Postcards from Mars: Curiosity sends stunning images of the Red Planet
29 Aug 2012
Ahead of its science mission to investigate the geology and biology of Mars’s past and present, Curiosity has been returning images from inside the planet’s Gale Crater.
Focusing the 34-millimeter Mastcam
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Focusing the 34.
This image is from a series of test images to calibrate the 34-millimeter Mast Camera on NASA's Curiosity rover. It was taken on 23 August 2012 and looks south-southwest from the rover's landing site.
The gravelly area around Curiosity's landing site is visible in the foreground. Farther away, about a third of the way up from the bottom of the image, the terrain falls off into a depression (a swale). Beyond the swale, in the middle of the image, is the boulder-strewn, red-brown rim of a moderately-sized impact crater. Father off in the distance, there are dark dunes and then the layered rock at the base of Mount Sharp. Some haze obscures the view, but the top ridge, depicted in this image, is 10 miles (16.2 kilometres) away.
Getting to Know Mount Sharp
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Getting to know.
This image taken by the Mast Camera (MastCam) highlights the interesting geology of Mount Sharp, a mountain inside Gale Crater, where the rover landed. Prior to the rover's landing on Mars, observations from orbiting satellites indicated that the lower reaches of Mount Sharp, below the line of white dots, are composed of relatively flat-lying strata that bear hydrated minerals. Those orbiter observations did not reveal hydrated minerals in the higher, overlying strata.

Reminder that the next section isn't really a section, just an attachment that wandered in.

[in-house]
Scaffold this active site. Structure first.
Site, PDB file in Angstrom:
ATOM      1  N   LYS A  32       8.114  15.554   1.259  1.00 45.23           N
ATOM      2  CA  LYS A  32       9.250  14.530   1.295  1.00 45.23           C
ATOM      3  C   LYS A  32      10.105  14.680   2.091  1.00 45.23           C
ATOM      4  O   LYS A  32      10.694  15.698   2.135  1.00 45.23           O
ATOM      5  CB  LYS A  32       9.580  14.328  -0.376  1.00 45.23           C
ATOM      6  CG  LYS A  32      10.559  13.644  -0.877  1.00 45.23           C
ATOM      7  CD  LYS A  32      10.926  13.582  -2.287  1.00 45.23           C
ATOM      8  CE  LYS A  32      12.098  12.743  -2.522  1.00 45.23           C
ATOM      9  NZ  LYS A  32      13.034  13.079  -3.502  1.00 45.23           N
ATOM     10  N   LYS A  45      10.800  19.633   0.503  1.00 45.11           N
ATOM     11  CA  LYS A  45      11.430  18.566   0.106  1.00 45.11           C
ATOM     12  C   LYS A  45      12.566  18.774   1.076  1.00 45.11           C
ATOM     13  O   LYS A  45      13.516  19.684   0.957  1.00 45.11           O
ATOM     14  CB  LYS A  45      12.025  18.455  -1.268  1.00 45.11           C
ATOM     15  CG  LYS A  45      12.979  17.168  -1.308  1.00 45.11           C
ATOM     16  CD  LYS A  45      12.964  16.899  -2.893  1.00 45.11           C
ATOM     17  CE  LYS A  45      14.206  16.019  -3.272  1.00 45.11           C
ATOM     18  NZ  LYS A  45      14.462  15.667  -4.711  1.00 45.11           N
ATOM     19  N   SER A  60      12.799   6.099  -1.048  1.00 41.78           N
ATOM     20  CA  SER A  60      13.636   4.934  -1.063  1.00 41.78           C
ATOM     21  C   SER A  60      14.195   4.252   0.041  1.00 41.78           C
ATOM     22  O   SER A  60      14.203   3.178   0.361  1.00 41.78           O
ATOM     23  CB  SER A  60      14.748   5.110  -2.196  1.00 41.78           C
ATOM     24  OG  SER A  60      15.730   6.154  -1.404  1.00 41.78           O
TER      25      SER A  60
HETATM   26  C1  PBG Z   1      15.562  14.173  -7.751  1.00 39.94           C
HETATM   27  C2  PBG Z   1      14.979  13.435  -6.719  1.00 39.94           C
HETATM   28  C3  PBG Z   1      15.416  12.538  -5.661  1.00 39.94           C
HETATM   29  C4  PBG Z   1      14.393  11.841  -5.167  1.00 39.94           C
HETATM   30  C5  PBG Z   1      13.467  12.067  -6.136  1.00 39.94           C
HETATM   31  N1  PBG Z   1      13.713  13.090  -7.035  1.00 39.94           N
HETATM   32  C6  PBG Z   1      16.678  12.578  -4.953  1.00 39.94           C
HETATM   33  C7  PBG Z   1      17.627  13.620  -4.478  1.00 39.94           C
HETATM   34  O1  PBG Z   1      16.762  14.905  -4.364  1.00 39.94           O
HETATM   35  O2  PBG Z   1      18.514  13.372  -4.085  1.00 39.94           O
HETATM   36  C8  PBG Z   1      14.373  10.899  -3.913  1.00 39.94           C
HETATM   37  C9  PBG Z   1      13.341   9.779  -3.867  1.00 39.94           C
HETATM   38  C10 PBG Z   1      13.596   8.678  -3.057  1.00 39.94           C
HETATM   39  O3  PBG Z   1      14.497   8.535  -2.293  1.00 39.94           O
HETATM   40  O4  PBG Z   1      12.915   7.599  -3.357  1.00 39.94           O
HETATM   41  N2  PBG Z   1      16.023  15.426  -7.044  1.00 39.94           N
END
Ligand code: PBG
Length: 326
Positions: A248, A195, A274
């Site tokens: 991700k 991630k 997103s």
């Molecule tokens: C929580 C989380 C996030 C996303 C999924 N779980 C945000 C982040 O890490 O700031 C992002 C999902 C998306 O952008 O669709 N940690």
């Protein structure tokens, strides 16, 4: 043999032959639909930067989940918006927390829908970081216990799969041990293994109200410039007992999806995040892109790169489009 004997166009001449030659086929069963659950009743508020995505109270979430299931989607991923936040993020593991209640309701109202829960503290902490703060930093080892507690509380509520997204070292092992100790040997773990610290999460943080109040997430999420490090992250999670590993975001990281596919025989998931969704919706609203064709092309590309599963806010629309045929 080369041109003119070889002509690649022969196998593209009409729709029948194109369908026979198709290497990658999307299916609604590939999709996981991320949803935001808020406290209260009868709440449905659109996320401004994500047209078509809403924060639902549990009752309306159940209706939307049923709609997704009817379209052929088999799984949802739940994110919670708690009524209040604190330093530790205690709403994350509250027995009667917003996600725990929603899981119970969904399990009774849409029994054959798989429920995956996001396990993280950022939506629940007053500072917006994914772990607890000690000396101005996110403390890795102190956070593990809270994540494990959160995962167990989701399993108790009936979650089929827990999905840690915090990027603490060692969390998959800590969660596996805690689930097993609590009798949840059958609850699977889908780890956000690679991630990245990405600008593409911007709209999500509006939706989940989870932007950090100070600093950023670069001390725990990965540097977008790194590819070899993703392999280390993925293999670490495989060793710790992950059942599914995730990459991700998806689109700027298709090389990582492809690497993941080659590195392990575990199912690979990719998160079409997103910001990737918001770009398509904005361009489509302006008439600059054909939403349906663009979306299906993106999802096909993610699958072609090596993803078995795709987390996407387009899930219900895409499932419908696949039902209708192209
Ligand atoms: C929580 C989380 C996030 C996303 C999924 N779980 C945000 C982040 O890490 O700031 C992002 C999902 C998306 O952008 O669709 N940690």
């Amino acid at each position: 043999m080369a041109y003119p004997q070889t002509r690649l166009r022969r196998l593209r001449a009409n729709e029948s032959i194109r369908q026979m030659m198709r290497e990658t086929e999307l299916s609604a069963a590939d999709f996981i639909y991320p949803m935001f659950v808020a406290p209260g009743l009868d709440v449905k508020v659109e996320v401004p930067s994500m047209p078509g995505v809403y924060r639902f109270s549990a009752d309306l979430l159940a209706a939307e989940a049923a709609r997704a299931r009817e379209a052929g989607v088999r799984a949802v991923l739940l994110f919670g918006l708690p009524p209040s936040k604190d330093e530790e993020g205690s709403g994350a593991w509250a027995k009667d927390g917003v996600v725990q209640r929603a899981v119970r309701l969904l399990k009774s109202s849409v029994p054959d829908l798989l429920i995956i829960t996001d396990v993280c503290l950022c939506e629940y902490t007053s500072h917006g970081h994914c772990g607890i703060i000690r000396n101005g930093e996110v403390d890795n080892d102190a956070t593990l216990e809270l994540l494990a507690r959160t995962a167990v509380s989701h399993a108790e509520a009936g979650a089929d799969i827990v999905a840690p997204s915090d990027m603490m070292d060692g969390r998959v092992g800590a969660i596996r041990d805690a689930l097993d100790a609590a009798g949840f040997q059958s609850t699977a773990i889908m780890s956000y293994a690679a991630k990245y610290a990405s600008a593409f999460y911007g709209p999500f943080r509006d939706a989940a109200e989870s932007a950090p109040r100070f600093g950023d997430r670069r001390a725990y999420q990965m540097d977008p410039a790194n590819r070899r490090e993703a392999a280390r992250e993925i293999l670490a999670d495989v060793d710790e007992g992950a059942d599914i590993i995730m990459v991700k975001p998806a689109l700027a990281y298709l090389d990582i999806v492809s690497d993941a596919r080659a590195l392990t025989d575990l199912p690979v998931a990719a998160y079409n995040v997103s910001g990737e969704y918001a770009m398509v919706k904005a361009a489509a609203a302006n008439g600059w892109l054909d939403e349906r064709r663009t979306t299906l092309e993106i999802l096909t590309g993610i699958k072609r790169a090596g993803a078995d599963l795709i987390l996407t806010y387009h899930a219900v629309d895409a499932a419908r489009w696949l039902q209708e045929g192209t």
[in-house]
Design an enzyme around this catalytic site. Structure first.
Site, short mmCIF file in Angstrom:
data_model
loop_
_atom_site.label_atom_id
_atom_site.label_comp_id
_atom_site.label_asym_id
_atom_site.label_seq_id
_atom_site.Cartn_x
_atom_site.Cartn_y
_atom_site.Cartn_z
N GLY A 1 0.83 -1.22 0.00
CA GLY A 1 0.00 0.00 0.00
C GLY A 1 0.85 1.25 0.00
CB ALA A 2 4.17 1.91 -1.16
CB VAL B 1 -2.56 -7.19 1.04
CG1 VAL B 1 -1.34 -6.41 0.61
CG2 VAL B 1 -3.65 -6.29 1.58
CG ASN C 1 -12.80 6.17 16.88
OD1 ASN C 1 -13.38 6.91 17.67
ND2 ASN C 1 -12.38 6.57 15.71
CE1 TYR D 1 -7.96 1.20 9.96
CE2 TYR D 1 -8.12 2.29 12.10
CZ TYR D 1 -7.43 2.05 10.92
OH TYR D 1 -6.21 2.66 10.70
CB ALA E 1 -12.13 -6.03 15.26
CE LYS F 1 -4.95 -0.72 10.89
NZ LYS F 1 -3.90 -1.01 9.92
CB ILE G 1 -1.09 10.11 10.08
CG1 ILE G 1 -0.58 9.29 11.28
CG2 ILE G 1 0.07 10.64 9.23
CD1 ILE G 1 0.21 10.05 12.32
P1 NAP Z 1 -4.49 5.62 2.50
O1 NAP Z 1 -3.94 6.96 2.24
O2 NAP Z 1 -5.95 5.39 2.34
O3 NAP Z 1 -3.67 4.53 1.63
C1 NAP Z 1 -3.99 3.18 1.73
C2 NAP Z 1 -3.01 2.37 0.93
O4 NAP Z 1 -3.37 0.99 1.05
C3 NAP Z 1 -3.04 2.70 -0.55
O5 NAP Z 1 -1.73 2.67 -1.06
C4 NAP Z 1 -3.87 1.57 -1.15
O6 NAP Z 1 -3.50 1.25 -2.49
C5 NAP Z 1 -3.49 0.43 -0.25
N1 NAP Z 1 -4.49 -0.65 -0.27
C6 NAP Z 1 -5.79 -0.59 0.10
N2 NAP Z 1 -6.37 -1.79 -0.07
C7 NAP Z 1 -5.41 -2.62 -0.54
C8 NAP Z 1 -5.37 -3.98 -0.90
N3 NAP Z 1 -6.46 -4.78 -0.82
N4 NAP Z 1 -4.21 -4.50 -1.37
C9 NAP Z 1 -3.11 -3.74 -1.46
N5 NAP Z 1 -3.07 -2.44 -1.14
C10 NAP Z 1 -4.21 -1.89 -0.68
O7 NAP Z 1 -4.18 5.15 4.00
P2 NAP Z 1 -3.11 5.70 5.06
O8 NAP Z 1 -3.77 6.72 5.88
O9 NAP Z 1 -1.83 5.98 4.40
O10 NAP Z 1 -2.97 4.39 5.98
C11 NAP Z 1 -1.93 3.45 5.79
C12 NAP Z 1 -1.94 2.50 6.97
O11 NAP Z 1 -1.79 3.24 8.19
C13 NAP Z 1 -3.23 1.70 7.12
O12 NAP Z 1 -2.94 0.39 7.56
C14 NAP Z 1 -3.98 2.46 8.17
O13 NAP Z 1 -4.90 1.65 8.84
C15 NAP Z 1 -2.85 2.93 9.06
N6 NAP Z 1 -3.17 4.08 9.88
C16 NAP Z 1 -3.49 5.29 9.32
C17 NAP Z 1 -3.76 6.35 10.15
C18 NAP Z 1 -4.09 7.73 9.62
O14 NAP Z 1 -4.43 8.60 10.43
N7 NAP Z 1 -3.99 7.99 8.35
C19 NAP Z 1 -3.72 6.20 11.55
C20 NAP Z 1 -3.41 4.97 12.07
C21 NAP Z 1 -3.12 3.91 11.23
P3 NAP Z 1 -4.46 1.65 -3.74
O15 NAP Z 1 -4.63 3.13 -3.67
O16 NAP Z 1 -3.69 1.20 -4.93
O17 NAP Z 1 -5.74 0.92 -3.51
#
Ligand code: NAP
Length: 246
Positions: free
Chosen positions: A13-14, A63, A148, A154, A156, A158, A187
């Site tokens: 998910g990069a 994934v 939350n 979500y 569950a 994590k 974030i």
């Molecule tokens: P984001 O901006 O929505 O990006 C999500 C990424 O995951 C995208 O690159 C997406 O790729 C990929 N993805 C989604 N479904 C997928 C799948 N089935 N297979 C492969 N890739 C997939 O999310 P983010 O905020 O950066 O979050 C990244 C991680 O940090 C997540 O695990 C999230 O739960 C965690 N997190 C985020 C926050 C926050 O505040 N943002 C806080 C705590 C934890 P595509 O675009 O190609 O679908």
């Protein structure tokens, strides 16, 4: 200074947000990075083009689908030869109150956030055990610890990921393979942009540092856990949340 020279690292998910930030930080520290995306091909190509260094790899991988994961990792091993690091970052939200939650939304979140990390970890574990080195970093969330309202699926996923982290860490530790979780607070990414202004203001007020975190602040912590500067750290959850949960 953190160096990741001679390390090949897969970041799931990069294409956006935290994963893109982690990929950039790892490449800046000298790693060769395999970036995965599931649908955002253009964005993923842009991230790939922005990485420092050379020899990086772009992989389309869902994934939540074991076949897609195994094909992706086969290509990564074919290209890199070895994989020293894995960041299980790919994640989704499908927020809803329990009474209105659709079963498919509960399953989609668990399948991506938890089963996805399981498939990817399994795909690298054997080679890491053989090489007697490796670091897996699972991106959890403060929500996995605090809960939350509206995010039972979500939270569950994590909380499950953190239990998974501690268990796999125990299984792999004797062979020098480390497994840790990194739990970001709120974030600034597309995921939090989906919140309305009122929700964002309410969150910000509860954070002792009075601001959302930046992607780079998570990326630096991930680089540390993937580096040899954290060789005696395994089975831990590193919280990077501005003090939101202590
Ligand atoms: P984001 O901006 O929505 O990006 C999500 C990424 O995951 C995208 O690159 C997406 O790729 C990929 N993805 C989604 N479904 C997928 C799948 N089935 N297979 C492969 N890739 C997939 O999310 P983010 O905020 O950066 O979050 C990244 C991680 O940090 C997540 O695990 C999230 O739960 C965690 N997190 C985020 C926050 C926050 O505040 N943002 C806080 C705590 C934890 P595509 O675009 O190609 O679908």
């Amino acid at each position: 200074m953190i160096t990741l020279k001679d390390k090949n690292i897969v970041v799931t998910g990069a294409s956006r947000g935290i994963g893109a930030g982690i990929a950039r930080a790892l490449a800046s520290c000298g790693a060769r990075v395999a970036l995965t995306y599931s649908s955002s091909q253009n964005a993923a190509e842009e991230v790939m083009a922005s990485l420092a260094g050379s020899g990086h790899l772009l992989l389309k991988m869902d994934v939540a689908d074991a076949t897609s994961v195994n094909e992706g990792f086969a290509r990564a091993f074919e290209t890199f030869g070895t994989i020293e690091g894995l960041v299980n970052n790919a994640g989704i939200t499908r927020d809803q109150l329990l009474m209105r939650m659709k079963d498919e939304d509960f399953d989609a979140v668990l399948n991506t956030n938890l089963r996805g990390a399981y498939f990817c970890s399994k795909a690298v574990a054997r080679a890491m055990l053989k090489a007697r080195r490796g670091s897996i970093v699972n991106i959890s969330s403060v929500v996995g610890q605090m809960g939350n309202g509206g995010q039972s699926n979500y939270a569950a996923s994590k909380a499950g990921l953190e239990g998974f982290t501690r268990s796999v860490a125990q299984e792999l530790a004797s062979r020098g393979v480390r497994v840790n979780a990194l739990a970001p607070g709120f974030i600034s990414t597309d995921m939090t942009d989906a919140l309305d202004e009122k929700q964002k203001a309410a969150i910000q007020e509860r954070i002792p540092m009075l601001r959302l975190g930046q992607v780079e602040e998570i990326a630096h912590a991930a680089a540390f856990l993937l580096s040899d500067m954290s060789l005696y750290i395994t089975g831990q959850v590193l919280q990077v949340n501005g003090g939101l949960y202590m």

The MastCam data now reveal a strong discontinuity in the strata above and below the line of white dots, agreeing with the data from orbit. Strata overlying the line of white dots are highly inclined (dipping from left to right) relative to lower, underlying strata. The inclination of these strata above the line of white dots is not obvious from orbit. This provides independent evidence that the absence of hydrated minerals on the upper reaches of Mount Sharp may coincide with a very different formation environment than lower on the slopes. The train of white dots may represent an "unconformity," or an area where the process of sedimentation stopped.
Layers at the Base of Mount Sharp
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Layers at the base.
A chapter of the layered geological history of Mars is laid bare in this postcard from Curiosity. The image shows the base of Mount Sharp, the rover's eventual science destination.
This image is a portion of a larger image taken by Curiosity's 100-millimeter Mast Camera.
Curiosity is 3 weeks into a two-year prime mission on Mars. It will use 10 science instruments to assess whether the selected study area ever has offered environmental conditions favourable for microbial life.
Two UK scientists, Professor Gupta and Dr Bridges, supported by over £0.5M of funding from the UK Space Agency, are involved in the mission and are currently working with NASA at the Jet Propulsion Laboratory, California. They will be analysing scientific data to help inform the operations team to optimise the MSL operations plan. They were both at the Jet Propulsion Laboratory in California for the landing.